I do all that I can to make my language or grammar lessons fun for my students. We do all kinds of activities, projects, graphic organizers, songs, and plays. You name it, and we do it! I also try to embed grammar into my writing lessons as much as possible. Despite all of that, I still occasionally have students look at me like I’m crazy when I ask them to identify a noun. Really? It’s so frustrating, because I know they know what a noun is. I’ve come to the conclusion that in language, like math, students have to practice skills on a consistent basis. One of my very favorite phrases is “practice makes permanent“. I read it over and over again while I was completing my Ed.S on brain research, and it continues to impact the way I teach. I am in no way, shape, or form a worksheet heavy teacher, but I do believe that that practice is essential. I recently created a series of Common Core spiral language review worksheets for third grade to give teachers an easy way to consistently review the array of language standards:
Nouns (identify, possessive, plural)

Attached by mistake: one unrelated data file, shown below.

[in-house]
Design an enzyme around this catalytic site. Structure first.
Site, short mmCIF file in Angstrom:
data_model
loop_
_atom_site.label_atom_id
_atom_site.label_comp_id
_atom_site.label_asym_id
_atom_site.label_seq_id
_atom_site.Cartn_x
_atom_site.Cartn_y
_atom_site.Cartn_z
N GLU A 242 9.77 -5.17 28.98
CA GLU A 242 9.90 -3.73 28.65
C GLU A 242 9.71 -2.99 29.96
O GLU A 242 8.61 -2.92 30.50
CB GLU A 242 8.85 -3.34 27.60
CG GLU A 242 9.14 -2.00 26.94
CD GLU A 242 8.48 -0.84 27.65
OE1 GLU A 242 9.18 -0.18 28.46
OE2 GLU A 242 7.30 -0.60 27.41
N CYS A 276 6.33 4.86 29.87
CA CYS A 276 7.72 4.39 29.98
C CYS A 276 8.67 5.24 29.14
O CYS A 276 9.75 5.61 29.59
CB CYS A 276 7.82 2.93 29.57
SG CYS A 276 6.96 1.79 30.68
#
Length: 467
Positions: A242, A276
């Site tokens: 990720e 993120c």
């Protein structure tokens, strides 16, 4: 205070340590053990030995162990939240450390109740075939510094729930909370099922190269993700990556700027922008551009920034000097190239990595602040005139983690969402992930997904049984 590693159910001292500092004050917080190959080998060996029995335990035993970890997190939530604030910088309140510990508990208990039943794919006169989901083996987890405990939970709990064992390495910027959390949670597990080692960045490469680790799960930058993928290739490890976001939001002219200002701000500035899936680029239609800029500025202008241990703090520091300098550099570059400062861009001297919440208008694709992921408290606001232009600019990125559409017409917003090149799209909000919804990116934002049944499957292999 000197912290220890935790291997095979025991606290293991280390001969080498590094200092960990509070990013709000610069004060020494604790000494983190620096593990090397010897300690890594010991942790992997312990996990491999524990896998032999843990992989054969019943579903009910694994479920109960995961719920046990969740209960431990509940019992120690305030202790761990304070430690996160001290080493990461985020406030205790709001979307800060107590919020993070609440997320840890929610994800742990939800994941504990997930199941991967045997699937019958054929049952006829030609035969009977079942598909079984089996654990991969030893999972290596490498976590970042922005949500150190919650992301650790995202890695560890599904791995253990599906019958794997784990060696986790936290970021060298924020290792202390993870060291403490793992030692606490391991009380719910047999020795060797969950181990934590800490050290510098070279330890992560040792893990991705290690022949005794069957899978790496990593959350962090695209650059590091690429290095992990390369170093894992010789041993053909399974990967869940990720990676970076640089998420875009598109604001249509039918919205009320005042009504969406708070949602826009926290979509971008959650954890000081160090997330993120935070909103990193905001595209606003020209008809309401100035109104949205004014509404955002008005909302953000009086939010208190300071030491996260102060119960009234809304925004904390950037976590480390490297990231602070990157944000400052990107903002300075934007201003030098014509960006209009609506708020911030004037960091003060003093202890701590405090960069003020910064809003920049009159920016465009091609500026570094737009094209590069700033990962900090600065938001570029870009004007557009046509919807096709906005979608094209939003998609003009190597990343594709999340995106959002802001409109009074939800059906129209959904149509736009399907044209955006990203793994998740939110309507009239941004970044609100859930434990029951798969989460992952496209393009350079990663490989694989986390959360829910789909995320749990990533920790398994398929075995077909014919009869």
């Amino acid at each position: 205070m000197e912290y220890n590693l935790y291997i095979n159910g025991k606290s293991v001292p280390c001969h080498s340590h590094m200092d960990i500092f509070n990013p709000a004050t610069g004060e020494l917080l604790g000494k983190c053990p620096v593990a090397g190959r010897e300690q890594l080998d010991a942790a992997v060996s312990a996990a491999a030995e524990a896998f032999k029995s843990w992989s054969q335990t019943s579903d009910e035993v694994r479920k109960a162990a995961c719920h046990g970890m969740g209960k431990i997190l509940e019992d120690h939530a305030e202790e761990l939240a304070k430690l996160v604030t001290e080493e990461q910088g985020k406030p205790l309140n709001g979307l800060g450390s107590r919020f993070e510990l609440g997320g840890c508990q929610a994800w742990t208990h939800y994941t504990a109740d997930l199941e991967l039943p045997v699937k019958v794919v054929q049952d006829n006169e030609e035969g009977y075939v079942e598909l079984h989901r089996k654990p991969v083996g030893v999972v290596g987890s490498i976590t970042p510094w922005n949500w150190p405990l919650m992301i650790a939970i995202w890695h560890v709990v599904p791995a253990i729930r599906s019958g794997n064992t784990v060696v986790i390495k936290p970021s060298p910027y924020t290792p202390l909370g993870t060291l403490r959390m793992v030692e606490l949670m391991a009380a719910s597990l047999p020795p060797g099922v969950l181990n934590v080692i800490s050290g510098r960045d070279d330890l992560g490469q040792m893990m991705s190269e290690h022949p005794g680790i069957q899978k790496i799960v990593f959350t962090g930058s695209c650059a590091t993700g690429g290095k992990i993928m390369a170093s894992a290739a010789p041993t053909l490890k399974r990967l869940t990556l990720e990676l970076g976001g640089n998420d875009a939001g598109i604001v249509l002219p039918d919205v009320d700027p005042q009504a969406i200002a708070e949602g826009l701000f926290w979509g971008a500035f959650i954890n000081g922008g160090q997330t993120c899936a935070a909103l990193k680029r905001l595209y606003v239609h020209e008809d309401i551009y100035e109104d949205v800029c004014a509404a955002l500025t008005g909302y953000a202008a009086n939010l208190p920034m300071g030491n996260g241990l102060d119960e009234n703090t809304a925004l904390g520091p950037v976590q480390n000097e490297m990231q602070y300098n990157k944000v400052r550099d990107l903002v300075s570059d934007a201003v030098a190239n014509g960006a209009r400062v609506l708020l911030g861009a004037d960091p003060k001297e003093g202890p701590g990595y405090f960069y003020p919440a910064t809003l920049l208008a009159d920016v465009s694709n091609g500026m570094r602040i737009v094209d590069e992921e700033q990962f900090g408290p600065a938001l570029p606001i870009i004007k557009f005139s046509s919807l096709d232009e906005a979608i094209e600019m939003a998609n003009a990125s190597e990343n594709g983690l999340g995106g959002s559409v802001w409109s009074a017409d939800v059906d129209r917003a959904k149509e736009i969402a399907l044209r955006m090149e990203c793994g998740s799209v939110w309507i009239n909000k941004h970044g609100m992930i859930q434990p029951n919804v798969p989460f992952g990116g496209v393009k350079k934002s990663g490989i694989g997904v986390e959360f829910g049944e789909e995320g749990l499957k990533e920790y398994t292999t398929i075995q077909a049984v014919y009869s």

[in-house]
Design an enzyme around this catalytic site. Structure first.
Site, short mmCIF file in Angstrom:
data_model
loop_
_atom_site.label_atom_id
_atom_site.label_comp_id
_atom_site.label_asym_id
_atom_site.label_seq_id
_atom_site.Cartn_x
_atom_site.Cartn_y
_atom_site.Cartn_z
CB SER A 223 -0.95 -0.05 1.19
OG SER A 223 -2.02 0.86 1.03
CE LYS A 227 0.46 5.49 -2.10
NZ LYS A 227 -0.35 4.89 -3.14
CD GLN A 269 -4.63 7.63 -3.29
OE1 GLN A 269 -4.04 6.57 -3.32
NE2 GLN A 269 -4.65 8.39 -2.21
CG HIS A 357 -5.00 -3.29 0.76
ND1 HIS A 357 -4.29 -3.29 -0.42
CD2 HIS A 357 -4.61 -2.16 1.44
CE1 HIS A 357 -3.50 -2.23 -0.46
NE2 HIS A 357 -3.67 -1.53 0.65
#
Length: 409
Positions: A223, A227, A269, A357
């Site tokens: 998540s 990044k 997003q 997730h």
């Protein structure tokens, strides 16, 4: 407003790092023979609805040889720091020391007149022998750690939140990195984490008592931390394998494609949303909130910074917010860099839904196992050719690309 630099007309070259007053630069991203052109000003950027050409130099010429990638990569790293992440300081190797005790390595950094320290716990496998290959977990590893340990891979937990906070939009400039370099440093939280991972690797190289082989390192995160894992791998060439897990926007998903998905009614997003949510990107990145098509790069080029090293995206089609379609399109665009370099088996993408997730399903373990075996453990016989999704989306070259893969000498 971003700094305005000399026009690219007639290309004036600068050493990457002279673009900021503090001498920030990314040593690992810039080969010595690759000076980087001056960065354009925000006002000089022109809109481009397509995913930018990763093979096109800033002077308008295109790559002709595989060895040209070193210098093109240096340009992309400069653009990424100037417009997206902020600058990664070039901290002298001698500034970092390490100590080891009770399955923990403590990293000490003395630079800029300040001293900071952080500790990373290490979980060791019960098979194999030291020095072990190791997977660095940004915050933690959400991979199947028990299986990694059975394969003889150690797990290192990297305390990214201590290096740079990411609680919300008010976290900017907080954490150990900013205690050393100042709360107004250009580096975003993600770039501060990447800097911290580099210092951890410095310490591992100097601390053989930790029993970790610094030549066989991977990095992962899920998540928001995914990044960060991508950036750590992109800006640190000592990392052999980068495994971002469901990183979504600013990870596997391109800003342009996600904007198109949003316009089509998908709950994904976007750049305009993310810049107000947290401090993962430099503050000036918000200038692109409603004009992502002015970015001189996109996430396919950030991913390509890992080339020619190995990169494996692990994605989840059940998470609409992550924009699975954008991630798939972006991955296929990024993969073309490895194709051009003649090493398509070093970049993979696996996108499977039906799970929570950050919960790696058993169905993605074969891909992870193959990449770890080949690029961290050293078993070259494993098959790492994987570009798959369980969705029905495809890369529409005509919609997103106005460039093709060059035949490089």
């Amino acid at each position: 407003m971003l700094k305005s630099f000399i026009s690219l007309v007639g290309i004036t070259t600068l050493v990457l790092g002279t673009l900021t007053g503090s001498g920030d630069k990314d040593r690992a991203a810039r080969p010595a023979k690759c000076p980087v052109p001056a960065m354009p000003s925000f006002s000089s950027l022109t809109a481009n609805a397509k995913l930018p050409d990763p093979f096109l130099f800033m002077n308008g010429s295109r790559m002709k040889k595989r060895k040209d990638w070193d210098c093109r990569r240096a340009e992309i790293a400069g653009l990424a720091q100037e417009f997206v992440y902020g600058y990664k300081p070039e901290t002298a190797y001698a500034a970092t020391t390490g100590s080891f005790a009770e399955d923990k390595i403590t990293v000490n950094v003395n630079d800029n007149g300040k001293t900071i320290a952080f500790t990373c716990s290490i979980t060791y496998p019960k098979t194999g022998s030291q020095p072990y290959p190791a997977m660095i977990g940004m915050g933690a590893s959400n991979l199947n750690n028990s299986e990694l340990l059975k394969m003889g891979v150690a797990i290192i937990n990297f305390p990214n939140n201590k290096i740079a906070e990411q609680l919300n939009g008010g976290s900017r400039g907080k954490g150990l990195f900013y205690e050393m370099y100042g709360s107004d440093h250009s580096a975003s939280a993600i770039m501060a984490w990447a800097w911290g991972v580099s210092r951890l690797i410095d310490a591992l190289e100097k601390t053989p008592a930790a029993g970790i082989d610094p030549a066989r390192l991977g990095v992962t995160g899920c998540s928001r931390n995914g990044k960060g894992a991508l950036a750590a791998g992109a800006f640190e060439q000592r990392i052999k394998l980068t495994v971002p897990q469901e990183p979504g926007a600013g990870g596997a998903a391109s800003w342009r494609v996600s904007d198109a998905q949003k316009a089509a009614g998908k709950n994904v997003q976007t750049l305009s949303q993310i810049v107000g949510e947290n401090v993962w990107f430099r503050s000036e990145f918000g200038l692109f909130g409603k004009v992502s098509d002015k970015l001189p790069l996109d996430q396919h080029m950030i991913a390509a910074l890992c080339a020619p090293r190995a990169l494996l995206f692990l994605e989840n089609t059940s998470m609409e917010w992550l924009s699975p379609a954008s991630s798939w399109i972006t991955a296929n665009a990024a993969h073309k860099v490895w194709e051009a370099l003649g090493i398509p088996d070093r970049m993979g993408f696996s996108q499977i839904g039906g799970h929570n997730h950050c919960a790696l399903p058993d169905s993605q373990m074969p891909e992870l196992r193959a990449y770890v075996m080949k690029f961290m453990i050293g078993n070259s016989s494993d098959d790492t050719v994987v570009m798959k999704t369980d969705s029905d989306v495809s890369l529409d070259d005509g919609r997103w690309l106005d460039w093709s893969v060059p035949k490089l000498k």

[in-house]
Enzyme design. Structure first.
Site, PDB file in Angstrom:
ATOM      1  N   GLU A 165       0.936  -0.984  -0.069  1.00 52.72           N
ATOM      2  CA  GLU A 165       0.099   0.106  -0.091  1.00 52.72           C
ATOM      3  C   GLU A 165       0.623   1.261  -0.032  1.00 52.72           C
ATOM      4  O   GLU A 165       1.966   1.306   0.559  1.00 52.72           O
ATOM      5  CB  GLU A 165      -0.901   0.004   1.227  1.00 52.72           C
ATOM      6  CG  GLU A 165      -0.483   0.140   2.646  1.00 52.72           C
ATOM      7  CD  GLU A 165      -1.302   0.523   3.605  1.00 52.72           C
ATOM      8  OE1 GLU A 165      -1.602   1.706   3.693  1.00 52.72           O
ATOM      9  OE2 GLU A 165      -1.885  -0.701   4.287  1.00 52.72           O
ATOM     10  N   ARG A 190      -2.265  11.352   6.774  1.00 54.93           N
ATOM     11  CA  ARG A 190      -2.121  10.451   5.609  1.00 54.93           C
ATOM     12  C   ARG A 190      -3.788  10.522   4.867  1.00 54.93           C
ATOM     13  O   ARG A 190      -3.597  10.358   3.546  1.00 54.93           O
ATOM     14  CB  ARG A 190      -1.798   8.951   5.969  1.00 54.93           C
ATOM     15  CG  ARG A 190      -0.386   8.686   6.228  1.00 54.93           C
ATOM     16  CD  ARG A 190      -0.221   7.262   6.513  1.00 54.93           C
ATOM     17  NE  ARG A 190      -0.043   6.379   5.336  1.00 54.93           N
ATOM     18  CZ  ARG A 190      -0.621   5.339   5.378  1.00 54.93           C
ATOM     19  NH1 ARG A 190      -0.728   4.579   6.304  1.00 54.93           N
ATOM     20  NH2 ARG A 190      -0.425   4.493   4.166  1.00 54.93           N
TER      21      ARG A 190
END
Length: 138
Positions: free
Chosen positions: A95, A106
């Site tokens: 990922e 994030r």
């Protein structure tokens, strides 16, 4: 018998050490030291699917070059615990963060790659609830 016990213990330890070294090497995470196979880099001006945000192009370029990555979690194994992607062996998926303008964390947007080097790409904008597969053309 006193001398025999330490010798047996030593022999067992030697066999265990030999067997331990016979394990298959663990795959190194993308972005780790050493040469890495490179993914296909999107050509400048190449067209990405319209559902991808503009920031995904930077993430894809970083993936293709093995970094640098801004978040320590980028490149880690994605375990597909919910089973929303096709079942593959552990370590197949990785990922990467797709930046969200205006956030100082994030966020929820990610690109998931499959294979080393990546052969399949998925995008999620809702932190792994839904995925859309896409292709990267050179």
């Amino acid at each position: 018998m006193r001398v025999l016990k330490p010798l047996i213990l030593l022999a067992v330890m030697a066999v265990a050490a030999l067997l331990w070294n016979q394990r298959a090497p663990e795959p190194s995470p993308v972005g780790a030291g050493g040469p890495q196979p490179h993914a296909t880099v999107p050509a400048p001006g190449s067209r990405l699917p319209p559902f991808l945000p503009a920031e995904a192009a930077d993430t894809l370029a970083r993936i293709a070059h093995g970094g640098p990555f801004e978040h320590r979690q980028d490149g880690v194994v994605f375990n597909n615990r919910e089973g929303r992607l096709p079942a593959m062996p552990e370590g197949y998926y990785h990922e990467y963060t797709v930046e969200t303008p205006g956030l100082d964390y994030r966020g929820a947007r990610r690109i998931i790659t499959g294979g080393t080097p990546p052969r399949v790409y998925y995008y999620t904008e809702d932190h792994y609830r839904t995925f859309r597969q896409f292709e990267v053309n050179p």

-Verbs (identify, tense, subject & verb agreement)
I plan to use these as a weekly review, possible for language homework, so I’ve create 36 worksheets-one for each week. As soon as I posted the third grade version, I had many requests for a fourth grade set. Of course I wanted to help my fourth grade friends out and thought I’d just whip them out in a couple of days……wrong. Oh my! I cannot believe what fourth graders are expected to know. I spent HOURS and HOURS last week teaching myself about relative pronouns and adverbs, progressive verbs, and modal auxiliaries. I’m thrilled to say that I finally have them finished and posted as well.
You can check them out here, and there are a couple free pages in the preview, so be sure to download it first!
Several weeks ago I found the most adorable bulletin board created by Kelley Smith. It was full of facts about snow, and it was the cutest thing ever! I used the idea of her bulletin board to create my own Fractionology bulletin board.
I’ve added fractions on a number line, fractions in a set, and an area model to the bulletin board. It’s a little hard to see on the picture, but there are fractions on all of the snowflakes.
This is the first time in a VERY long time that I’ve been allowed to have any type of bulletin board other than posting standards, so it’s been fun to be a little more creative than usual. We’ll add student work and other fraction goodies as we work our way through the unit.